It is a steady climb from Camp Cove, a section of cobblestones are a reminder of how hard it would have been to manhandle equipment and supplies past Lady Beach to the Hornby Lighthouse. Standing next to this gun looking towards Camp Cove reminded me of Rachel Wards’s World War I TV movie, An Accidental Soldier.
Based on the novel, Silent Parts, by John Charalambous, An Accidental Soldier is about an Australian soldier who flees the carnage of the Western Front and finds refuge with a French woman in a remote farmhouse. Harry Lambert is a shy, thirty five year old Australian soldier, working as a baker behind the lines. He is a gentle man, a reluctant soldier, but a man like many who has been shamed by his local community into joining up. But when he is called into the front line Harry decides to run, finding refuge in a farmhouse owned by Colombe Jacotot, a Frenchwoman in her forties whose husband has abandoned her and whose son has recently been killed. Forced to work in an ammunitions factory, Colombe too is trenchant about the war. Through her Harry will learn true courage. Through him Colombe will learn beauty. Together they will discover a love so strong that each is willing to give their life for it. An accidental soldier is a tender, at times gripping love story between two people who find passion, in all its joy and hurt, at an age when they thought love has passed them by. It is a story of unexpected bravery of countless men and women who would not give up their lives for abstracts like glory, or country. Those who wanted to live for love and life.
– Written by Goalpost Pictures Australia, An Accidental Soldier, IMDb, 2013, http://www.imdb.com/title/tt2366614/, viewed 27 November 2013
The following is credited to Robin Derricourt, ‘Camp Cove’, Dictionary of Sydney, 2008, http://www.dictionaryofsydney.org/entry/entry/camp_cove, viewed 26 November 2013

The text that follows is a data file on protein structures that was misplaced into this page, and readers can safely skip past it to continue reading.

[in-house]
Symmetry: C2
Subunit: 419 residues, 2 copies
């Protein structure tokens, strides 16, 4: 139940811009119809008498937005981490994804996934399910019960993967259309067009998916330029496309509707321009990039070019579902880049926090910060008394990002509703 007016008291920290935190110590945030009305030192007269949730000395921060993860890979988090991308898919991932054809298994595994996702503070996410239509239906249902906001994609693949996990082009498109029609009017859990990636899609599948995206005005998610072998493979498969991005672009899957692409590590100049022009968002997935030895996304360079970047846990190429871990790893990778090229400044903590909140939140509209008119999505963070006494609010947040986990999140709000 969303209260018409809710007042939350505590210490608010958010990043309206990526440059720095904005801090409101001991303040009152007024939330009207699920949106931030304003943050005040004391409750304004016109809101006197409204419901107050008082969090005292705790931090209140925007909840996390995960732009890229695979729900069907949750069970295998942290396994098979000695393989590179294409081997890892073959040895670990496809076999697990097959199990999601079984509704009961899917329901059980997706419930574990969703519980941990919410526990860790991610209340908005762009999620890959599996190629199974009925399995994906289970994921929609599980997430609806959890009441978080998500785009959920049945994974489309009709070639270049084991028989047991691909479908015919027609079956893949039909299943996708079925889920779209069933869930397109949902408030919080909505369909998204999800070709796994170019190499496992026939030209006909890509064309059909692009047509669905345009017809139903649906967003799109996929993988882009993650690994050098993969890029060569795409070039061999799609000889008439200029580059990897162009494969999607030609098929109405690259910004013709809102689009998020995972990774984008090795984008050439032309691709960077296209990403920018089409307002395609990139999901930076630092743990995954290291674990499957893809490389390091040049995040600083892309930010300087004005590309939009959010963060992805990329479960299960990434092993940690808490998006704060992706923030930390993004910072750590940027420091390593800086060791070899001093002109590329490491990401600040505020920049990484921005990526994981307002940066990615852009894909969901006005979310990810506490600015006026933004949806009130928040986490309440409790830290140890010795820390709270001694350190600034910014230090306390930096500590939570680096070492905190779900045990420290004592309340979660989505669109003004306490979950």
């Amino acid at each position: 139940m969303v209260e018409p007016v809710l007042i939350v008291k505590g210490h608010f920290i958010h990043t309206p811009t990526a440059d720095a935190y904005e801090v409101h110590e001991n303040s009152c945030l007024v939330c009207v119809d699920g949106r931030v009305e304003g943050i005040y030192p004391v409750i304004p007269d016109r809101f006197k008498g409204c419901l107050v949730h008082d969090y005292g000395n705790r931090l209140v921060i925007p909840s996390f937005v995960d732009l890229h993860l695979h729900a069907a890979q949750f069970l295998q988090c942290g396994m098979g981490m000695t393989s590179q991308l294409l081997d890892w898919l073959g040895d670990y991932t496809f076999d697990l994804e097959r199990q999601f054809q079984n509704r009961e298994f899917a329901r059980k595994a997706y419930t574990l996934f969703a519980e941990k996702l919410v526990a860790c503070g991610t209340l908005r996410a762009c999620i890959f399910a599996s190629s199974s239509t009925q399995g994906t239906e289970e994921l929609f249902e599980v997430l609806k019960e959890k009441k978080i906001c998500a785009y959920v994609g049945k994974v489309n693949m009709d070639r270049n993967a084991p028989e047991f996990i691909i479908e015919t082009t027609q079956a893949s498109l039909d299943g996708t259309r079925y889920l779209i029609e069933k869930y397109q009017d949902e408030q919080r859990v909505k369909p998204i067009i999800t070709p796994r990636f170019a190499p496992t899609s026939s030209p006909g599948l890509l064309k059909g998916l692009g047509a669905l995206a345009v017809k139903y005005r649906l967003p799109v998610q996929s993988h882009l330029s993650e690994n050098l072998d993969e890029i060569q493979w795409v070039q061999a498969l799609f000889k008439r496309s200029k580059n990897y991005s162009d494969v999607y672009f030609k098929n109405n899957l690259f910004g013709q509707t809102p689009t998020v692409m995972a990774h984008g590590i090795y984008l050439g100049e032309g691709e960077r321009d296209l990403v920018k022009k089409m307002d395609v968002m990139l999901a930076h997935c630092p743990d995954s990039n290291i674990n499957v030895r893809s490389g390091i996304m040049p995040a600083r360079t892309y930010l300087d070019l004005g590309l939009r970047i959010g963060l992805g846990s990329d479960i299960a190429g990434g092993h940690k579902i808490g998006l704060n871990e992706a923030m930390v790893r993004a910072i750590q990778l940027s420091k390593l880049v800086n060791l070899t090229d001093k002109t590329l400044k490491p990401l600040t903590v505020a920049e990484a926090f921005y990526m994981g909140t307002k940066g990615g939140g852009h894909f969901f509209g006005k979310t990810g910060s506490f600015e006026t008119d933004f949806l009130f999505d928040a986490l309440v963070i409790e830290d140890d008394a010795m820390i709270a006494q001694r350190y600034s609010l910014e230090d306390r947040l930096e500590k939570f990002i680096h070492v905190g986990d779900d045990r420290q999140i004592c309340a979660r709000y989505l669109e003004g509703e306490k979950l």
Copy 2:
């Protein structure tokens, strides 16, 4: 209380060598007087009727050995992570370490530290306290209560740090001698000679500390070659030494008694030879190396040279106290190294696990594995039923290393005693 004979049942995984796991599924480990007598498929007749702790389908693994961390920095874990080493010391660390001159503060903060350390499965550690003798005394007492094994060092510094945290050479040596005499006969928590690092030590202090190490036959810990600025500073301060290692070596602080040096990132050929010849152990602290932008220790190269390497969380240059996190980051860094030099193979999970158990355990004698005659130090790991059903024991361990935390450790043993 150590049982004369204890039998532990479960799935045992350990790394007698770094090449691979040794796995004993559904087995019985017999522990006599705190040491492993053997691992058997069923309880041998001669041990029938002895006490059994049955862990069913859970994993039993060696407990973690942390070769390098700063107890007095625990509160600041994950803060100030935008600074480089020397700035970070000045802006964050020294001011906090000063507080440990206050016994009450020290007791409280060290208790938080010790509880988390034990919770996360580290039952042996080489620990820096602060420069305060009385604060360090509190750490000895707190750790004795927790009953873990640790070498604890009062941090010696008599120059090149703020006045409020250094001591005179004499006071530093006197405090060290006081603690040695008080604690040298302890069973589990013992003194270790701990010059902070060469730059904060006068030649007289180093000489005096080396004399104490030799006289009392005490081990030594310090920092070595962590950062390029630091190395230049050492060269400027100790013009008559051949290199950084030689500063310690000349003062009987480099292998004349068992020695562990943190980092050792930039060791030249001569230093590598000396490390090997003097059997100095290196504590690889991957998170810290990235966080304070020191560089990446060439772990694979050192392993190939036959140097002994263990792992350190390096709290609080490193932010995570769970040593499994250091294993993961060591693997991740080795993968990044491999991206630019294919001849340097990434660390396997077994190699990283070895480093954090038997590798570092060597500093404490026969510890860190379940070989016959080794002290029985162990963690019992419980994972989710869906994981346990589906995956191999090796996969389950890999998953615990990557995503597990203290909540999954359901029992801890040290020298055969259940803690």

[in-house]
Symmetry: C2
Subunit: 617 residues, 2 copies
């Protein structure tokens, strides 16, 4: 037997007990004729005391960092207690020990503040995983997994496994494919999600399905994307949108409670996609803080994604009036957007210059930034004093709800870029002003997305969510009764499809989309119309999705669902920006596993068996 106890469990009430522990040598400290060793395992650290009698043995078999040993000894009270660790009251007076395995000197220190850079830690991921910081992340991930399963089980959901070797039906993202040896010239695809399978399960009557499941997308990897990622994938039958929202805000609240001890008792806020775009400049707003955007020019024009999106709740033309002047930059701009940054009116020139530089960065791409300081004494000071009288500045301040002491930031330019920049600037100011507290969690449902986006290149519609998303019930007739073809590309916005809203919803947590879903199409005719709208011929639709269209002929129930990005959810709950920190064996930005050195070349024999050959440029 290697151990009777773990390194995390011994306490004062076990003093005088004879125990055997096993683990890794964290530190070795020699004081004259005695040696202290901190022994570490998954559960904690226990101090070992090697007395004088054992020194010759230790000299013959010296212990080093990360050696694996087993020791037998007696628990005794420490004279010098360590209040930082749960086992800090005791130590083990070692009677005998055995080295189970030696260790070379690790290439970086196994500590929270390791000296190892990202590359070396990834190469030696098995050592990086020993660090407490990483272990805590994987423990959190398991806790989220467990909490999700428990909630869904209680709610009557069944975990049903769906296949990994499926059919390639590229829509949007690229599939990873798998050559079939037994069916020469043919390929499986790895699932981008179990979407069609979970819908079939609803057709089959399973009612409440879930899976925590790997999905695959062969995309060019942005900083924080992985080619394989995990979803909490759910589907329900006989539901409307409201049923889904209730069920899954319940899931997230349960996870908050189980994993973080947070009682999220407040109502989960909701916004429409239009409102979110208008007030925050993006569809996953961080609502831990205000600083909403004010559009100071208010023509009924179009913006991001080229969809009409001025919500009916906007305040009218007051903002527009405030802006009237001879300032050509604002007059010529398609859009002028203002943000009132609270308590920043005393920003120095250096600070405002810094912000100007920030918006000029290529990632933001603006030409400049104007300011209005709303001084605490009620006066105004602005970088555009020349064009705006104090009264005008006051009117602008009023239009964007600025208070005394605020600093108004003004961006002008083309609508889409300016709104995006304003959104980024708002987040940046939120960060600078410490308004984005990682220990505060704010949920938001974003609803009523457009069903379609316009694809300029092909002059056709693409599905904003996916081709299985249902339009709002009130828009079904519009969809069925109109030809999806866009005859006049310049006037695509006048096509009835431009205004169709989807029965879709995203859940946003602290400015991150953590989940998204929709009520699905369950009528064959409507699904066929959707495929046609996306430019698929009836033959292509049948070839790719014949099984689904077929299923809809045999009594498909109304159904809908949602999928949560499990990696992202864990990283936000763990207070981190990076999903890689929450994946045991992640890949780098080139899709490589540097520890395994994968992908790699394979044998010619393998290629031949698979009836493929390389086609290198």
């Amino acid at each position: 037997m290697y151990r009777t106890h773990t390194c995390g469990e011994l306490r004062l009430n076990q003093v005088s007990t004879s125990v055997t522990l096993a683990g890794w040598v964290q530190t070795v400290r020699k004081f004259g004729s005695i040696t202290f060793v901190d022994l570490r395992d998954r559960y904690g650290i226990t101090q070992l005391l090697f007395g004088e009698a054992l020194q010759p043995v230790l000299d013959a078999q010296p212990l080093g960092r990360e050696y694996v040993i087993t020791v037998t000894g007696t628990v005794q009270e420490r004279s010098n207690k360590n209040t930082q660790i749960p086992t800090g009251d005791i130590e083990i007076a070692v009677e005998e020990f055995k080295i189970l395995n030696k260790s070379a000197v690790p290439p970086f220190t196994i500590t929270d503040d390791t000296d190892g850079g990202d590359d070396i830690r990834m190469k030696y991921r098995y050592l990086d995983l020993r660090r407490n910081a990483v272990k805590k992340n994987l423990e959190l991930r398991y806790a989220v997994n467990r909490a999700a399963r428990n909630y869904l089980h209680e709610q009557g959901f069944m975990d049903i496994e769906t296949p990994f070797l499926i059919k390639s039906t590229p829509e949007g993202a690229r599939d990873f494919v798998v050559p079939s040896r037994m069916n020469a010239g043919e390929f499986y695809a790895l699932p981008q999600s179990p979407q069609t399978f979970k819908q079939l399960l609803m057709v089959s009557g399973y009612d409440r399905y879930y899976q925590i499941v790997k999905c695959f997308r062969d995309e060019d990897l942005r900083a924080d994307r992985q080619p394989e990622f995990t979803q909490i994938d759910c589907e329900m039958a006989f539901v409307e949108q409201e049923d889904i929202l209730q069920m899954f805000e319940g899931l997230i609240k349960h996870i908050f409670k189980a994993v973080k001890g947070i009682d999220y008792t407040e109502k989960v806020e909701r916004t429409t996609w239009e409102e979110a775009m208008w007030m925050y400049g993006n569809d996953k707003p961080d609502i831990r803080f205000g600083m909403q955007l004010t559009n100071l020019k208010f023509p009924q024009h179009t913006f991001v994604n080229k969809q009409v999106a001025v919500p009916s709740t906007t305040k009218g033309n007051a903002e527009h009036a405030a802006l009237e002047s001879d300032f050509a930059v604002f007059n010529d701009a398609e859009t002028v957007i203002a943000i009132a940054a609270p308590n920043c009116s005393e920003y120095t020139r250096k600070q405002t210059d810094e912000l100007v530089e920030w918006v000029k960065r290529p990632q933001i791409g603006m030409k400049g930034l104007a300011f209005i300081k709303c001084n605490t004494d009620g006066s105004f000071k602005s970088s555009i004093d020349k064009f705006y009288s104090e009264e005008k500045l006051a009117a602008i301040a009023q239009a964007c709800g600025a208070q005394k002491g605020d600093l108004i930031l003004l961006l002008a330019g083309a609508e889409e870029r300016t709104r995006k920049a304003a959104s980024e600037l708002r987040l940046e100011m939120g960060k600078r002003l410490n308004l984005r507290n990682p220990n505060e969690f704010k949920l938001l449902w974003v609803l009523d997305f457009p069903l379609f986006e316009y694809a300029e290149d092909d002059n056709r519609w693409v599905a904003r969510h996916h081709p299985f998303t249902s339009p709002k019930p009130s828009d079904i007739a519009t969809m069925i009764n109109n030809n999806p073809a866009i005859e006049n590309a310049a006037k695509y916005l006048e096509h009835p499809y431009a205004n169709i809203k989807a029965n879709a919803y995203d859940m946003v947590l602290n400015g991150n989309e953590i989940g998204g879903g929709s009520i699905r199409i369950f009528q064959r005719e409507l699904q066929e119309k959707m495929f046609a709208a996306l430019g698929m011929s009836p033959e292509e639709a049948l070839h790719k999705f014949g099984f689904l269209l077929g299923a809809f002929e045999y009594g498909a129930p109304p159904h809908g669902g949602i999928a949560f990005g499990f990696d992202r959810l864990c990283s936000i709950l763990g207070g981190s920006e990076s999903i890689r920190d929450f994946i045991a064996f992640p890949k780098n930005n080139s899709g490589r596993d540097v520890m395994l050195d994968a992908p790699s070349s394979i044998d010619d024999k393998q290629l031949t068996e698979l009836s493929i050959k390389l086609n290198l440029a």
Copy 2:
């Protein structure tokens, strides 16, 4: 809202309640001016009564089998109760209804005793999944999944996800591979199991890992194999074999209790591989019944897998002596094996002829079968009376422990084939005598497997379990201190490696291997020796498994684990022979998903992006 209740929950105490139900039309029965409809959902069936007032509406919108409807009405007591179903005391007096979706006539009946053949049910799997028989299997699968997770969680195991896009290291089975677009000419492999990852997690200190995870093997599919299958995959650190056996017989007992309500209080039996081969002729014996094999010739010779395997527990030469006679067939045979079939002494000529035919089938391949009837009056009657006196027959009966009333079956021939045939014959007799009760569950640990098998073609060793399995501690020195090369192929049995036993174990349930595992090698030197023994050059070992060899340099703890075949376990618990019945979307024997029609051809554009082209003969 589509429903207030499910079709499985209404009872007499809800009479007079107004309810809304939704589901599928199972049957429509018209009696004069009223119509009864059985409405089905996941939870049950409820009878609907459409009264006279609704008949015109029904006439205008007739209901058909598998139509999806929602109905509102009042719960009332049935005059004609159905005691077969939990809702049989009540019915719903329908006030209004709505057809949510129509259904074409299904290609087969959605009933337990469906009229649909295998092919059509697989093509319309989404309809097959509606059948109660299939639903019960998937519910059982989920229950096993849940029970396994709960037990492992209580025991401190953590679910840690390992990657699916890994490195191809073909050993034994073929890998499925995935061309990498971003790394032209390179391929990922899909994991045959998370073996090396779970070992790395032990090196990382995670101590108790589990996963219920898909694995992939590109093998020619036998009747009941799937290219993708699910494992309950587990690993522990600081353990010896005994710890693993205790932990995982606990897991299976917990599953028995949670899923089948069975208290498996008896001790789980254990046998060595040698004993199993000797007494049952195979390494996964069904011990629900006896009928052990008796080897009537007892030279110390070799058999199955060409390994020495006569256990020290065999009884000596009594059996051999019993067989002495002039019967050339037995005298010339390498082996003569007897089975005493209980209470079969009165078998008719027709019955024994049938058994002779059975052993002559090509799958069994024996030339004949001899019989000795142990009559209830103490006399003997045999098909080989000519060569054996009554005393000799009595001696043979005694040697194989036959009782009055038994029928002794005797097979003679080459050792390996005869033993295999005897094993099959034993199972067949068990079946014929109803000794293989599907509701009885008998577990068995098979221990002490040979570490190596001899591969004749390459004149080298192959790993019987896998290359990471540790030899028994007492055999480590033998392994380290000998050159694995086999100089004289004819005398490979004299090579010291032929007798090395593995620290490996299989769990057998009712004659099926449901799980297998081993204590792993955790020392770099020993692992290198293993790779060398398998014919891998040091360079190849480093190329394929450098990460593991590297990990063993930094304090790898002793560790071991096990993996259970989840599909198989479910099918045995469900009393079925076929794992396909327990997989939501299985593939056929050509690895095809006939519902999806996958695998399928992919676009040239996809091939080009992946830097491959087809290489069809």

Camp Cove is important to the history of European settlement in Australia as the probable site of the first landfall in Sydney harbour. On 21 January 1788 Captain Phillip sailed from Botany Bay to explore the potential of Port Jackson. The exploration was described by Jacob Nagle in his journal. After the expedition had sailed around the north side of Port Jackson he noted:
It coming on dark, we landed on a beach on the south side and there pitched our tents for the night. This was called Camp Cove. The marines were put on their posts. The sailors were variously employed, some kindling fires and some shooting the seine for fish, others getting out utensils for cooking. By the time we got our suppers, was late in the night, and by four in the morning we had everything in the boats again.
The story of the camp, giving its origin to the name Camp Cove, sounds realistic and is taken to imply the first landfall by Europeans within Port Jackson. With arrival in the dark and departure before dawn, there would have been no opportunity to explore the hinterland. As Camp Cove had a freshwater spring behind the beach, it proved a suitable place for a night’s camp. The next day, Nagle fished while Phillip and his party went ashore at what was to be named Sydney Cove.
Dictionary of Sydney